Get your full text copy in PDF
K. Dzierżanowska-Fangrat, K. Semczuk, U. Łopaciuk, J. Kurlenda, E. Małaflej, E. Puacz, E. Stalmaska-Dworak, D. Dzierżanowska
Med Sci Monit 2005; 11(5): CR241-245
Background: Growing resistance to antibiotics among both community-acquired and hospital pathogens is making the treatment of most infections increasingly diffi cult. Therefore, the aim of our multi-center study was to determine the antimicrobial susceptibility of the most frequent aerobic microorganisms isolated from children with intraabdominal infections.
Material/Methods: Bacterial pathogens were isolated from 256 consecutive patients treated in fi ve large specialized hospitals in Poland from January 2001 to February 2002. Minimal inhibitory concentrations (MICs) of piperacillin, piperacillin-tazobactam, cefotaxime, ceftazidime and cefepime were determined by Etests. The production of extended spectrum b-lactamases (ESBL) was detected by a double-disk test.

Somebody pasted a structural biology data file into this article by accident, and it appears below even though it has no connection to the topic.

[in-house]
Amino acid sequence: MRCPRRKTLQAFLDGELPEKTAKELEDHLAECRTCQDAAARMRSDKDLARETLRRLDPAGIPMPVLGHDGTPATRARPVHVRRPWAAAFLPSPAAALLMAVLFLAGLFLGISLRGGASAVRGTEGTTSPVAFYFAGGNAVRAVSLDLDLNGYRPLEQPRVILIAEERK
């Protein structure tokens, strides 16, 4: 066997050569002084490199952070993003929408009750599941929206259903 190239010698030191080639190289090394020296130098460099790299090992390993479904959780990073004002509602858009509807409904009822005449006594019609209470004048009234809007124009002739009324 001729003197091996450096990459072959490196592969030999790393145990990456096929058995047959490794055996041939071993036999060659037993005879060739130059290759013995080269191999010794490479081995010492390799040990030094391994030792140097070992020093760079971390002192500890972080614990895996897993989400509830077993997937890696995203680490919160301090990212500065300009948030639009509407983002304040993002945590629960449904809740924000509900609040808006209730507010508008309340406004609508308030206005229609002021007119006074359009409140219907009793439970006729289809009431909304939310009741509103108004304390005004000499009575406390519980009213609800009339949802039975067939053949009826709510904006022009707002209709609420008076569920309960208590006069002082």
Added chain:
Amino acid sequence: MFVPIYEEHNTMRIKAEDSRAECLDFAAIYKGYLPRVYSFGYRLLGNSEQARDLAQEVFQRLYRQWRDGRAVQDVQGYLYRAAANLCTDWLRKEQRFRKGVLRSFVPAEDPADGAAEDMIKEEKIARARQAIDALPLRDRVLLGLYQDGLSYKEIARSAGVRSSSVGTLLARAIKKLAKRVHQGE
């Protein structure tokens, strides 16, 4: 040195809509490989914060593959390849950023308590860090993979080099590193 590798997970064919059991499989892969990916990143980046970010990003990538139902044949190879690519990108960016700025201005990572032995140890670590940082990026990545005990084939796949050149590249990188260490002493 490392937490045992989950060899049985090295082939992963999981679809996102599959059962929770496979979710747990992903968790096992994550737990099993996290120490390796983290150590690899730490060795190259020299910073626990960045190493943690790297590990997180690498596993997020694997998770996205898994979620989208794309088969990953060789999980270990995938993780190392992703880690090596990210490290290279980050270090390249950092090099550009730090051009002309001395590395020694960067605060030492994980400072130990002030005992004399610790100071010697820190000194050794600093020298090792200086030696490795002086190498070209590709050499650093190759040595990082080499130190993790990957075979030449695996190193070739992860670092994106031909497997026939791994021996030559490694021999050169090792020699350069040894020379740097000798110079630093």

Results: Piperacillin-tazobactam was the most active agent against Enterobacteriaceae and Pseudomonas aeruginosa,inhibiting 92% and 78% of isolates respectively. Susceptibility of Enterobacteriaceae to cefotaxime,ceftazidime and cefepime was 73%, 73% and 87% respectively, and susceptibility of P. aeruginosa to both ceftazidime and cefepime was 76%. Extended-spectrum b-lactamases were detected in 56% Klebsiella sp. and 11.5% E. coli, but the vast majority of these isolates remained susceptible to piperacillin-tazobactam (MIC90=12 mg/L and MIC90=1 mg/L, respectively).
Conclusions: Piperacillin/tazobactam remains a valuable therapeutic option in Polish pediatric patients with intraabdominal infections, due to its good activity against ESbL-producing organisms and P.aeruginosa.